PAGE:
This year, more students than ever before are progressing from Newham Sixth Form College (NewVIc) to Russell group universities. Once again the college has the highest number of Russell group progressors of any Newham sixth form.
90 NewVIc students have progressed to Russell group universities in 2015. This means that the college’s Russell group numbers have more than doubled over a 3 year period of steady and consistent increase:
For the second year running NewVIc is making the biggest contribution to what is a strong increase in Russell group numbers from one of the most socio-economically disadvantaged areas in England. New selective providers in the area have also contributed to this but it is clear that selection at 16 has not been a pre-requisite for achieving success in university progression – including to the most selective universities. At NewVIc, our pioneering Honours programme has been the key to these improved numbers and it was established well before all 4 of the new selective sixth forms in the borough.
NewVIc is already the sixth form which has the most students eligible for free school meals progressing to university in the whole of England. The college is also doing its best to ensure that these students get their share of places at the most selective universities. We do not regard Russell group progression rates as the sole measure of social mobility but in a borough where they have been below the national average we clearly want to see them rise.
These increases, together with those from other Newham sixth forms, will mean that the proportion of Newham teenagers making it to Russell group institutions will have doubled or even tripled between 2012 and 2015. The 2012 figures for Newham showed around 80 students progressing to Russell group universities from all the borough’s providers. This year’s figure could well be over 200. Unfortunately, the published national statistics on this lag a couple of years behind so we don’t yet have the official data.
What NewVIc’s Russell group increase shows is that it is possible to achieve high progression to the most selective universities without necessarily establishing separate highly selective sixth forms premised on keeping most students out and segregating high achievers from their peers. Sixth forms with broad, inclusive curricula and comprehensive admissions can also promote high aspirations.
In other words we can have social mobility without social segregation. In fact I would argue that a system designed for all is actually better placed to promote excellence for all.
Finally, we find ourselves once again having to point out errors in the statements of one of our local competitors, the London Academy or Excellence (LAE) a 16-18 free school. This time last year, they claimed that Newham students had not been able to study ‘traditional’ A-levels like biology, maths and history in Newham before the creation of their school in 2012. In fact, these subjects, and all those offered by LAE have been thriving at NewVIc for over 20 years.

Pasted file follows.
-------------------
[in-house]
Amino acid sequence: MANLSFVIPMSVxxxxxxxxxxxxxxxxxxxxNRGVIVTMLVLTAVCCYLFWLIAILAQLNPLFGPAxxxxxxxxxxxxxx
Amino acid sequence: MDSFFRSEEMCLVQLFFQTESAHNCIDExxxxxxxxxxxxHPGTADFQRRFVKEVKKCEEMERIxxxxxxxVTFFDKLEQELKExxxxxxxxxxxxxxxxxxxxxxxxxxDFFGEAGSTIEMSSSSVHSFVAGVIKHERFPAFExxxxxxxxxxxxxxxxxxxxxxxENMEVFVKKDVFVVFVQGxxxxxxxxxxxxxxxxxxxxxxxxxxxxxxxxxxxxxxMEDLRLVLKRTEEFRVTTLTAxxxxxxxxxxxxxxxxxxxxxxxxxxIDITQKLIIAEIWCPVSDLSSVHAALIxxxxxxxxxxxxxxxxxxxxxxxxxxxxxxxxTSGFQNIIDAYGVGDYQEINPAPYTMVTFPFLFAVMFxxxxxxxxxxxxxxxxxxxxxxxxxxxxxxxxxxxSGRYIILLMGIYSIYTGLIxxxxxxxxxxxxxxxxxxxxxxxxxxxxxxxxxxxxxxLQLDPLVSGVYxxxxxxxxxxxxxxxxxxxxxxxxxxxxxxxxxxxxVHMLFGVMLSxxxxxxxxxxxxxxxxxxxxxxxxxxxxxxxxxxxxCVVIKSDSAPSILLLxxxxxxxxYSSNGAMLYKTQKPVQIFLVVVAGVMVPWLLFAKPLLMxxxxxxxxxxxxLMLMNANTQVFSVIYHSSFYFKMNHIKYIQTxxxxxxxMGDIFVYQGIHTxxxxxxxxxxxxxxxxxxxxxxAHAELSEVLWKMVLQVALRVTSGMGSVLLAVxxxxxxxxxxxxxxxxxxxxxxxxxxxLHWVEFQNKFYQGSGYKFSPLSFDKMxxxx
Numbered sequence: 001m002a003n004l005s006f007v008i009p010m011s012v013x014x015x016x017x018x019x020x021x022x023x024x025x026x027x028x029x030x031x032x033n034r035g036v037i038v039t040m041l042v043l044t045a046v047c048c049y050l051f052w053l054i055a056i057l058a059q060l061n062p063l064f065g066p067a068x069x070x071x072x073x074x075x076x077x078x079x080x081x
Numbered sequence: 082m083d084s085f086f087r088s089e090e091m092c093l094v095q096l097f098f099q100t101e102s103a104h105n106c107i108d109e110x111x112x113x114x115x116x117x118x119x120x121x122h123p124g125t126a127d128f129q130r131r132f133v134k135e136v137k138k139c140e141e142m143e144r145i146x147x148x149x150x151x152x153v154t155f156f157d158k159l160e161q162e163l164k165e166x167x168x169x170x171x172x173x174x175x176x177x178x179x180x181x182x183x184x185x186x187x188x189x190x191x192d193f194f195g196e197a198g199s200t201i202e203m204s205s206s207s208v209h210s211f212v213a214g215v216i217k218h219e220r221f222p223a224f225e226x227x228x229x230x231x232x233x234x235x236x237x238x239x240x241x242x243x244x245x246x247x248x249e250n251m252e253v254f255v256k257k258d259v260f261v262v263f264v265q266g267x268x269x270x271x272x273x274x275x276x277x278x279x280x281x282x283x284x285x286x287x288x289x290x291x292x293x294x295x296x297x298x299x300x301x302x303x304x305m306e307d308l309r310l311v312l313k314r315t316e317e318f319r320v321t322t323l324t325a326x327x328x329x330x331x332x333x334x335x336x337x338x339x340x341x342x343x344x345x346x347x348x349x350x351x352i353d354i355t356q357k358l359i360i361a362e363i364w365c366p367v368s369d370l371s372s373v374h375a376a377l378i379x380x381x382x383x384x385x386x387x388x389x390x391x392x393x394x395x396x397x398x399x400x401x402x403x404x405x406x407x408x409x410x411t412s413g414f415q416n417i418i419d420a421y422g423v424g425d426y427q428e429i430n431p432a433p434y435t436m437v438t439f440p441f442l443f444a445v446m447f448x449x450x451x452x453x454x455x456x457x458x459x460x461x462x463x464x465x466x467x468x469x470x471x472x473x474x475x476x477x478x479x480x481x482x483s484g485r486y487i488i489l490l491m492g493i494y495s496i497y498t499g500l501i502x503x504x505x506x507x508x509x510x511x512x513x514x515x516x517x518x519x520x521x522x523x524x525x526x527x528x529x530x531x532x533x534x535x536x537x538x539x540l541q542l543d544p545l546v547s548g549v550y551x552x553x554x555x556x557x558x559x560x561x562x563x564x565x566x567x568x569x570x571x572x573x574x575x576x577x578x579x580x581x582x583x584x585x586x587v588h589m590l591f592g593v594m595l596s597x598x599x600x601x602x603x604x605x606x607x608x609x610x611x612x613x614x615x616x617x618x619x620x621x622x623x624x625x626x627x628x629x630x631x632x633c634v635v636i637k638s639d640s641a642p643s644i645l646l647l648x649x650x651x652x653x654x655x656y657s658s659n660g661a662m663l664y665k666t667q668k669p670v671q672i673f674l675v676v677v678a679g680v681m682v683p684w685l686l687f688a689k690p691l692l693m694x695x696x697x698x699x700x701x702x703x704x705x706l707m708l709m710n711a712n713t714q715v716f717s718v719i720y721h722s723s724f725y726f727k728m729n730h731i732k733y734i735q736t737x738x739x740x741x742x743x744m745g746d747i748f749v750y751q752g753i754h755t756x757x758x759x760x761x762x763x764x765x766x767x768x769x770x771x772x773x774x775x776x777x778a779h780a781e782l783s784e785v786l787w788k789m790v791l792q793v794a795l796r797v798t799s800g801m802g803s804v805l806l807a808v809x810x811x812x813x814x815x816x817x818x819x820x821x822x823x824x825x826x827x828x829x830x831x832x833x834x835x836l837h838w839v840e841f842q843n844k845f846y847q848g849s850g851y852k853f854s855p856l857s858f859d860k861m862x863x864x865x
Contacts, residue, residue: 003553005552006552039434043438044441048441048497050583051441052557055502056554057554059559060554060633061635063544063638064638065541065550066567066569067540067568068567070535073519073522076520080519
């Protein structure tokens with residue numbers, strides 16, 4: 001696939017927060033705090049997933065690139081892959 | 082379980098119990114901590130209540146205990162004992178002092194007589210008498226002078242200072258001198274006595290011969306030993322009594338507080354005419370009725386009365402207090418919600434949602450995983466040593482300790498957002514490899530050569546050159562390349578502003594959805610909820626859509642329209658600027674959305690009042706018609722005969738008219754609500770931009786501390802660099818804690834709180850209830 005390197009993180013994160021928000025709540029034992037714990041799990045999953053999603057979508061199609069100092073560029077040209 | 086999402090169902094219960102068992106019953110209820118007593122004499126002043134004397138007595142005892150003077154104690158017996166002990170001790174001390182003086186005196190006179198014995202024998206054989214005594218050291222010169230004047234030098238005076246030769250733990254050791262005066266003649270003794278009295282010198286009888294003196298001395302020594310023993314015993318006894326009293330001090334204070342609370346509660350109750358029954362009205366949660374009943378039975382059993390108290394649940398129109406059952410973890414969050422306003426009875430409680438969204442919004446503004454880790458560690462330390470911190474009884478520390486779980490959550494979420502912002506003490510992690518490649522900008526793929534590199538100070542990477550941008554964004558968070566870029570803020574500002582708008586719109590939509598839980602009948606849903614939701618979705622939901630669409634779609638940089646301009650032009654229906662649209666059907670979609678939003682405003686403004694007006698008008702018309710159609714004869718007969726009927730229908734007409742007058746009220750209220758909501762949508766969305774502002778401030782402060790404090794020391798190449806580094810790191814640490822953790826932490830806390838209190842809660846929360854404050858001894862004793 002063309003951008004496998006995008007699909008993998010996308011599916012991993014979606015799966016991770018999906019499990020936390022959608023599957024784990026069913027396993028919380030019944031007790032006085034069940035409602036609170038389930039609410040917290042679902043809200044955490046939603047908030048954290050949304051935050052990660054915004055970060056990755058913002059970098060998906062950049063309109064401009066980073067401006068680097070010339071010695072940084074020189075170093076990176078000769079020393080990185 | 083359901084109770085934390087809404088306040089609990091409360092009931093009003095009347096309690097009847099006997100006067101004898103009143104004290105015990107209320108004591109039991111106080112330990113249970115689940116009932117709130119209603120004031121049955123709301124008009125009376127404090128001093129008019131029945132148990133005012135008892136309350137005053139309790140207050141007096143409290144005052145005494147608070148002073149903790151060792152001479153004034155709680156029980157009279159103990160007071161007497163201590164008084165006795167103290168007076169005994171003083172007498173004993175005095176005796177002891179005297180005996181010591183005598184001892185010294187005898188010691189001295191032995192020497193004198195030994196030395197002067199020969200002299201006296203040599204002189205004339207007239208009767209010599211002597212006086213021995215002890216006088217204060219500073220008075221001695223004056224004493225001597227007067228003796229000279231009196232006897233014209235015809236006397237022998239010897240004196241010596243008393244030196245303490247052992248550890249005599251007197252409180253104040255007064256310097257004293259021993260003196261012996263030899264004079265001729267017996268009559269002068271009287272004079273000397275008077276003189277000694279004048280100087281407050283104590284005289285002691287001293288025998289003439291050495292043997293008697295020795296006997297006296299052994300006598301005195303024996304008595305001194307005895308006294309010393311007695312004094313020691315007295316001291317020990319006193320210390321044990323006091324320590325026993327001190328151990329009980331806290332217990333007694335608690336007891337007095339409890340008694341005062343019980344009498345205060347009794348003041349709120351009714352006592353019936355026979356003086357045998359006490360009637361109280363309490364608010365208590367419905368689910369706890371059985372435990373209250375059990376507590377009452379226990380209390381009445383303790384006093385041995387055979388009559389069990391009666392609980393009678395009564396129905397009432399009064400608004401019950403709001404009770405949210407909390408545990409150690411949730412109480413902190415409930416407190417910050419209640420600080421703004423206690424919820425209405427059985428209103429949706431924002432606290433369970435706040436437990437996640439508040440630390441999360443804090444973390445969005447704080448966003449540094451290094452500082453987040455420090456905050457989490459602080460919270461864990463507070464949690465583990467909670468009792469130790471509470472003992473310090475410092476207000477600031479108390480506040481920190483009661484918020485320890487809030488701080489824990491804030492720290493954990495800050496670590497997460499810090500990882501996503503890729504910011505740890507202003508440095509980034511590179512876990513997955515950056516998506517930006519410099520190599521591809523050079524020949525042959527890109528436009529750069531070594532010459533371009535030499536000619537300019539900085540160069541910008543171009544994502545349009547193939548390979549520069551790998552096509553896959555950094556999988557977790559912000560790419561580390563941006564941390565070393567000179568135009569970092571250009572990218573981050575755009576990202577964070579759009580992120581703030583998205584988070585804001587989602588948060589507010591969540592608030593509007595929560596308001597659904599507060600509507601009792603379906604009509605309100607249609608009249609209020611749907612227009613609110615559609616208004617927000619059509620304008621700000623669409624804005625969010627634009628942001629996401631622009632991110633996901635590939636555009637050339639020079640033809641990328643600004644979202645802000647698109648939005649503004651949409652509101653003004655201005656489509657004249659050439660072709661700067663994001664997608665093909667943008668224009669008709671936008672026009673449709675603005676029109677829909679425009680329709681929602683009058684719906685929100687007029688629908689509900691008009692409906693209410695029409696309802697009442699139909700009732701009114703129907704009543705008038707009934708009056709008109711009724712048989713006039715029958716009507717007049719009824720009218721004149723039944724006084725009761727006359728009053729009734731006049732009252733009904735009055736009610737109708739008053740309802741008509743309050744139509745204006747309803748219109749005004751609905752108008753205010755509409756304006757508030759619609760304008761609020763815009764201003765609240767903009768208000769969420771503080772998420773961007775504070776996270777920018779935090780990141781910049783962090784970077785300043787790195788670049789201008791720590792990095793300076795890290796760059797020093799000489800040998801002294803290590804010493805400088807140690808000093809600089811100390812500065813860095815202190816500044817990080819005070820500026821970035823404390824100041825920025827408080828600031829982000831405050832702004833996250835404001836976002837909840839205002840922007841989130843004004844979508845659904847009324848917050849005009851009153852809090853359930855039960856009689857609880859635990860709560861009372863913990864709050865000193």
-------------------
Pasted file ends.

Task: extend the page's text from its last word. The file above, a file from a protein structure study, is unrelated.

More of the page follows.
This year they are claiming that “before LAE opened only 46 Newham sixth formers from Newham schools secured places at Russell group universities.” In fact, the figure for 2012 was at least 80 and this statement is only true if one chooses to completely ignore the largest sixth form in the borough. This amounts to a fairly breathtaking rewriting of history for the second year running.
Perhaps it is time for the champions of the London Academy of Excellence to at least acknowledge that their model is not the only one which can achieve student success.
Richard Cairns, the head of Brighton College and a governor of LAE has said:
“We must get away from the idea that we can successfully deliver both vocational and academic courses in the same school”.
In fact, these courses have co-existed successfully at NewVIc throughout the period of strong increase in Russell group numbers.
Former Eton headmaster Tony Little, also an LAE governor, asked in 2012:
“Where in Newham can you get that unabashed approach to academic work, leading to a top university?”
Well…it seems that the answer, for a very substantial cohort of young people at least, is:
“At Newham Sixth Form College”.
Can we celebrate success without rewriting history? (August 2014)
Post-16: education’s wild frontier (July 2014)
College success with disadvantaged students (June 2014)
A tale of two boroughs (May 2014)